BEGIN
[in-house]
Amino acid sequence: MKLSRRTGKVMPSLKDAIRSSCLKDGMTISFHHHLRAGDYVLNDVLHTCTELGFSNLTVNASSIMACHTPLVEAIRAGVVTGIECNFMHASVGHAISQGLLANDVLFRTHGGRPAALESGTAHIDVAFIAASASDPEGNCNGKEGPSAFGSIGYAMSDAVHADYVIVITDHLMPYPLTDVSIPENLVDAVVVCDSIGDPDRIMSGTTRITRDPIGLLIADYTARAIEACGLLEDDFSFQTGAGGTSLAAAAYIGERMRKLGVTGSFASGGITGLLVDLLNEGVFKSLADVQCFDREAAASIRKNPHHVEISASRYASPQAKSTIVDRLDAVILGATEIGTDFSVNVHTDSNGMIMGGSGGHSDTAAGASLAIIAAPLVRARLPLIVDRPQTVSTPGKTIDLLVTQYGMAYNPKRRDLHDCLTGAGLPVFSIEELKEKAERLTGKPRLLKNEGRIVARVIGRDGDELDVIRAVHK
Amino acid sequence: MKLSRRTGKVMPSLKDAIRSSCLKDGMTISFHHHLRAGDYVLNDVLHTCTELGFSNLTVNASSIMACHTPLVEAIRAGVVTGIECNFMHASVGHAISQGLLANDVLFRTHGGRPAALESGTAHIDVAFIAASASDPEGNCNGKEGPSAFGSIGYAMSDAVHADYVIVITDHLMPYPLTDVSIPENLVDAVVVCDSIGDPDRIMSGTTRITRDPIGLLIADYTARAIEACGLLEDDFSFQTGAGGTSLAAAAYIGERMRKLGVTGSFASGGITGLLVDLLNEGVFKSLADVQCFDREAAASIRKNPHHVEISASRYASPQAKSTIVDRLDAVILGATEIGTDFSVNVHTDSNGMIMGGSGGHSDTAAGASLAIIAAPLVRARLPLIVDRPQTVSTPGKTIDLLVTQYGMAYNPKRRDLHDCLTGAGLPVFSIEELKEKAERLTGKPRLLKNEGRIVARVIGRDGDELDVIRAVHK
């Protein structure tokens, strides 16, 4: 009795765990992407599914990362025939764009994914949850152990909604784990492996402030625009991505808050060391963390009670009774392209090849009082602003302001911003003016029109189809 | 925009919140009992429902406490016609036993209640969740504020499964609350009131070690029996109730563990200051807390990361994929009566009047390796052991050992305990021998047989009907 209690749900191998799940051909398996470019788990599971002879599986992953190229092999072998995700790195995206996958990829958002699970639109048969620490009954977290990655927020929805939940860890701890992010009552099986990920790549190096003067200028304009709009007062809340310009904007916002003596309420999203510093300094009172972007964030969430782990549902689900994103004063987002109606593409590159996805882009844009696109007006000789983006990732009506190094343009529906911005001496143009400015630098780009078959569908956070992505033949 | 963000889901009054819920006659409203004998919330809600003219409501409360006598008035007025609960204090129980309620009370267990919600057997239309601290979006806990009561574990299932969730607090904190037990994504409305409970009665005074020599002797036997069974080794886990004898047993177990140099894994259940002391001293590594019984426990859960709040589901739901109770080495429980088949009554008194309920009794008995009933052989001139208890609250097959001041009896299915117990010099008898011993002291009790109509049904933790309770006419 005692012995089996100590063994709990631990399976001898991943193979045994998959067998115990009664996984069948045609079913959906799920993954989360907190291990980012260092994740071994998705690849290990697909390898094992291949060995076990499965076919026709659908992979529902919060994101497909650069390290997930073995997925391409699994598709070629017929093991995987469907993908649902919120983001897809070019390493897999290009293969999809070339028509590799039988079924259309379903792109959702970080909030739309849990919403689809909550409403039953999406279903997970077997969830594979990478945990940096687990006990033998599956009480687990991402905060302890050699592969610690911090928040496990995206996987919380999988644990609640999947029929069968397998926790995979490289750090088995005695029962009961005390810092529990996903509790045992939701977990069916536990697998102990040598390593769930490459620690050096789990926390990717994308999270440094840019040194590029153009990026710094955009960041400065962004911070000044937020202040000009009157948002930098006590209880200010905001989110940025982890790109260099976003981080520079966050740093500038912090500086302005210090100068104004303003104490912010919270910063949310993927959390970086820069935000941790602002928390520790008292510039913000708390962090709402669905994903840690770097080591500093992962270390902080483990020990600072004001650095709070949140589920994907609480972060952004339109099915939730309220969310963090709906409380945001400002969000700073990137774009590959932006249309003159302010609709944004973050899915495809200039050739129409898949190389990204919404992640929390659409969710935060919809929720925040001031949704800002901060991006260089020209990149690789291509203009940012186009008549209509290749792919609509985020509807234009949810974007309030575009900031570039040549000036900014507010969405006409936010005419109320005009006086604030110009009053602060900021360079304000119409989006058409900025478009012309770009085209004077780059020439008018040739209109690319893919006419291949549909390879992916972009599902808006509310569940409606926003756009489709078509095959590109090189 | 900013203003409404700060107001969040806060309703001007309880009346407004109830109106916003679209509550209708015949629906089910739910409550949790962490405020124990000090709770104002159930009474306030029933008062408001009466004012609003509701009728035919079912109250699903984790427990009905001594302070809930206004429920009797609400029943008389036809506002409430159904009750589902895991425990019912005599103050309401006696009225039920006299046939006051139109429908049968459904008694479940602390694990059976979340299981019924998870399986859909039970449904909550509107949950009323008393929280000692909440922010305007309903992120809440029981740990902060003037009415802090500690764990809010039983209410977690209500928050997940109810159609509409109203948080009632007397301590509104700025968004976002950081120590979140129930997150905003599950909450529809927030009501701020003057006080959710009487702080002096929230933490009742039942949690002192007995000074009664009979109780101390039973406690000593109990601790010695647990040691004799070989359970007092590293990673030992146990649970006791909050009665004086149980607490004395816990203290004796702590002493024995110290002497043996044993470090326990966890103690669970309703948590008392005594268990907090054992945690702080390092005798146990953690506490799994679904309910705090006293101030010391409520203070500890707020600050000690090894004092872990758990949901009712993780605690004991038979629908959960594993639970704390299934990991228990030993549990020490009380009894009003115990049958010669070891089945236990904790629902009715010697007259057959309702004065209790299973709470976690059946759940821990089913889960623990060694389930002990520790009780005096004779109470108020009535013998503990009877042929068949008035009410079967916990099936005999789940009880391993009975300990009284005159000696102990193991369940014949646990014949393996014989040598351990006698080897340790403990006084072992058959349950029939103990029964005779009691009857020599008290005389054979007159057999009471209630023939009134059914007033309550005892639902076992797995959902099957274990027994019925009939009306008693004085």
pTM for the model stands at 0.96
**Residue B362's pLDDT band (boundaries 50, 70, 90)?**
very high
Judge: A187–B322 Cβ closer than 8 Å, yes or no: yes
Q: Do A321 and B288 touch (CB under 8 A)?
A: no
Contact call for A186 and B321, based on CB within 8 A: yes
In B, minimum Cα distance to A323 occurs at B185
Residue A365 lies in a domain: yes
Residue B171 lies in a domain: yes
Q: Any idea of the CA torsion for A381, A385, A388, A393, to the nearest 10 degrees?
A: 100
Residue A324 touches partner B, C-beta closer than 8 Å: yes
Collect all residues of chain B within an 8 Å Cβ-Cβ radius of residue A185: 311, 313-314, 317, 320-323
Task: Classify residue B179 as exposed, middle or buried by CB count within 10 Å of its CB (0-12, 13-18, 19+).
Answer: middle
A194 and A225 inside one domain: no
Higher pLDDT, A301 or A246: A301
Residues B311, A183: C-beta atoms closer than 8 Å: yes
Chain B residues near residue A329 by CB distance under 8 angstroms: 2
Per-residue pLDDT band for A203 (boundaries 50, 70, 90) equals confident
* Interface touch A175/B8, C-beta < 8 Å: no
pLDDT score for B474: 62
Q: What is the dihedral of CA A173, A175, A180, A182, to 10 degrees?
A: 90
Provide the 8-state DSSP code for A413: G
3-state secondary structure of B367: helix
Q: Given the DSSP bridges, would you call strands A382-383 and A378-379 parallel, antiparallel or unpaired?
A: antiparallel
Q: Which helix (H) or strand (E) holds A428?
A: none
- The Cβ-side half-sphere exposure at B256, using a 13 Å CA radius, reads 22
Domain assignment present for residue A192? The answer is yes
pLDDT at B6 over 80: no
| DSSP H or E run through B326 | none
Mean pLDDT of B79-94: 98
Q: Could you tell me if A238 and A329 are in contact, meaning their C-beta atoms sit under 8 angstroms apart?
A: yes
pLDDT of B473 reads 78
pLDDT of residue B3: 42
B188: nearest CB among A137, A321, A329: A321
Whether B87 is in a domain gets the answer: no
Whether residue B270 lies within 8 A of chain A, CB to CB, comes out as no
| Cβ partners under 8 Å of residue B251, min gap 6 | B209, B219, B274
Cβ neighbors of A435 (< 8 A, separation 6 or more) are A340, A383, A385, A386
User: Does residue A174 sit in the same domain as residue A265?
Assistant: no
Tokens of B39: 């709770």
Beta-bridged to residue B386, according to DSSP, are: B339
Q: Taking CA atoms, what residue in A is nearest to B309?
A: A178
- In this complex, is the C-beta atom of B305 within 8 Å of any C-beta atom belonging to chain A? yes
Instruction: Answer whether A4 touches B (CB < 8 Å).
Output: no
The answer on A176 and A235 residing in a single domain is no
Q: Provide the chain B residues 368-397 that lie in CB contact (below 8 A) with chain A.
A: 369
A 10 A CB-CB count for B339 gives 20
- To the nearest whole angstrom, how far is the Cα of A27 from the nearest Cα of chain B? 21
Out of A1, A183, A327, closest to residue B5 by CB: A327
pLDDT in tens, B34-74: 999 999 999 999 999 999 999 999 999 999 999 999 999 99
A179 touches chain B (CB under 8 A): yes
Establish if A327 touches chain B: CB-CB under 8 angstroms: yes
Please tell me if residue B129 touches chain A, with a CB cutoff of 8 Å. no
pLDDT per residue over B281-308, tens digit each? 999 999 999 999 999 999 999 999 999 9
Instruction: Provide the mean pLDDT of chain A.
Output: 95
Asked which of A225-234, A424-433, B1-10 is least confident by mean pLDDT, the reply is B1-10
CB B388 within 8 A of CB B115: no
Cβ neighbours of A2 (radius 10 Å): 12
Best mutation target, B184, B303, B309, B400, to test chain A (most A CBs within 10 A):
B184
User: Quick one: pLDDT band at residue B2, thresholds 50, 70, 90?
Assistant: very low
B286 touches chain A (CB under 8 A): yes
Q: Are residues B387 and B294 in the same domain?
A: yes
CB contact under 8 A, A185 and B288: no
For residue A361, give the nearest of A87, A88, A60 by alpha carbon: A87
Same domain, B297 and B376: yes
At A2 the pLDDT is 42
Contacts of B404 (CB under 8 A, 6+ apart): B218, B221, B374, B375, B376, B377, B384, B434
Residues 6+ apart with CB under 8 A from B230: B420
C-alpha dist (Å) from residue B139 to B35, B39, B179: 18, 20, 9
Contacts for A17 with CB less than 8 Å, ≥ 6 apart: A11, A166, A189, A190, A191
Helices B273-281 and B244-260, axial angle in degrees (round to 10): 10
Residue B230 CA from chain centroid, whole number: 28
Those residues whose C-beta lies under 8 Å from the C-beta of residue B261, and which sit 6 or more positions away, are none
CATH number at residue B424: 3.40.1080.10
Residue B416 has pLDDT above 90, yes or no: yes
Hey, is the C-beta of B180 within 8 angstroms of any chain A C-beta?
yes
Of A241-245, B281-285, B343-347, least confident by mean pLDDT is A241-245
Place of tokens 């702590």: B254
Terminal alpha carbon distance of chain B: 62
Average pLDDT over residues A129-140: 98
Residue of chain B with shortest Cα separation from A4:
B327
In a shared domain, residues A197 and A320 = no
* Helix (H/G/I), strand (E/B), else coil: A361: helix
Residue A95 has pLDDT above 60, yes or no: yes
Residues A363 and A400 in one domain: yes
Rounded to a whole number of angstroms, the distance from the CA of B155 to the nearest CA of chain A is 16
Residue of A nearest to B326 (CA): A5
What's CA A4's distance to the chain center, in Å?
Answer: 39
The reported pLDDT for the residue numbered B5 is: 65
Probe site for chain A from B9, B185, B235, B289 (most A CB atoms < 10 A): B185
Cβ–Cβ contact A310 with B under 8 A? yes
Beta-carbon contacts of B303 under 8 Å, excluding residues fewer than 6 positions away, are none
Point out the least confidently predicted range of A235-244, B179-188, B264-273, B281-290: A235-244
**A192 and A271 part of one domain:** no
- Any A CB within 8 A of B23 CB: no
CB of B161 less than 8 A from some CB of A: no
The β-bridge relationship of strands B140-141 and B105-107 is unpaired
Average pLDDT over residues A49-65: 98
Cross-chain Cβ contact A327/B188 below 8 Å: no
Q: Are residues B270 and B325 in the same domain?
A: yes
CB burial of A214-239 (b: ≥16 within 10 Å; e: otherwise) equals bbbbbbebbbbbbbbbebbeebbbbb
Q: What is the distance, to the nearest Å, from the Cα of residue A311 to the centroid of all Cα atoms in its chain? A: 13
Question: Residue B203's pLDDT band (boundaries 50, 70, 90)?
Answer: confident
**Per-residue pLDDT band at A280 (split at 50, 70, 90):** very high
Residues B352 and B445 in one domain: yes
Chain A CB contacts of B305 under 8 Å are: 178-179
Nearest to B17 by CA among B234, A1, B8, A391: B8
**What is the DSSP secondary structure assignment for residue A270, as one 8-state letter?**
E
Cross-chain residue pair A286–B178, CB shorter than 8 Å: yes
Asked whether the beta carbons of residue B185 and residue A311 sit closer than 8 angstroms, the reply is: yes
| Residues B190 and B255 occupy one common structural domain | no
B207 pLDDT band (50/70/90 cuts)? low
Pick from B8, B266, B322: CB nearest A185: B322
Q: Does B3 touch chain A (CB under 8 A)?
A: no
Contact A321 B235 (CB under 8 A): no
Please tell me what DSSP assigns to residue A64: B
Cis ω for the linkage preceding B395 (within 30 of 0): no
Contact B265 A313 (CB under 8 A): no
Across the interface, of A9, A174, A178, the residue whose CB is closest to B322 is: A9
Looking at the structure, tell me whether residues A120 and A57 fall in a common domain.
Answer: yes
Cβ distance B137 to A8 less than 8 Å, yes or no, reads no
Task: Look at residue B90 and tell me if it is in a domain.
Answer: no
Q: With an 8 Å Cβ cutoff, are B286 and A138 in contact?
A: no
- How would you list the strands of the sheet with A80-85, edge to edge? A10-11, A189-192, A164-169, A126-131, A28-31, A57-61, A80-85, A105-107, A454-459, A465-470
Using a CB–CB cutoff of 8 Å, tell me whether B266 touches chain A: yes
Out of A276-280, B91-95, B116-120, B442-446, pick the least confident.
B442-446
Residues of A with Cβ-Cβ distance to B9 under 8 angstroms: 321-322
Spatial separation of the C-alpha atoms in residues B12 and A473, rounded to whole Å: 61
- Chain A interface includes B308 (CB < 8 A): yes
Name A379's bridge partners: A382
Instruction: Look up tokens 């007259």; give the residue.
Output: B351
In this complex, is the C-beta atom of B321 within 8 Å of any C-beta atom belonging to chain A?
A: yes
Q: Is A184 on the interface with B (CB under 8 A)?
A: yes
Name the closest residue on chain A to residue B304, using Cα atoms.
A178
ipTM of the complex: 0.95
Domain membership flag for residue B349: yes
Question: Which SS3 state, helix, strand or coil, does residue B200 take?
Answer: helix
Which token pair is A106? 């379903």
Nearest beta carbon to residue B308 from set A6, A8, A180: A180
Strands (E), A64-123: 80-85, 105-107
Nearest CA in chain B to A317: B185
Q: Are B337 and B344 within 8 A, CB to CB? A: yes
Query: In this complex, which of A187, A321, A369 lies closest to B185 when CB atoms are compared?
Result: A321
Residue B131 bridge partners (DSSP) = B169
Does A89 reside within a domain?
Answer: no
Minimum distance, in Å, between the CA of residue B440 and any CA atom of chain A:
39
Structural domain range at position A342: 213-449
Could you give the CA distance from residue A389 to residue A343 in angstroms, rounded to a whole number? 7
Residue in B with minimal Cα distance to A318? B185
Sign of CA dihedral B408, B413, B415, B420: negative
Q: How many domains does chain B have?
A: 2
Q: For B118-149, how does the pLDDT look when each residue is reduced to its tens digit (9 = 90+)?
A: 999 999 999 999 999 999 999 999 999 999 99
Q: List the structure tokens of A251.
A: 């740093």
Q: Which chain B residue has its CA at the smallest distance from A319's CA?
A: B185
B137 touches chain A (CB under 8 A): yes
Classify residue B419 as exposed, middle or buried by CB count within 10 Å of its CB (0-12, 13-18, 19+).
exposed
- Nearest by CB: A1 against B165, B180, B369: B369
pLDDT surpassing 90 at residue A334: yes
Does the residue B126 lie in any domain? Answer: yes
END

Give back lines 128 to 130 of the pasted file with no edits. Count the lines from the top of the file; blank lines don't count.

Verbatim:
**Per-residue pLDDT band at A280 (split at 50, 70, 90):** very high
Residues B352 and B445 in one domain: yes
Chain A CB contacts of B305 under 8 Å are: 178-179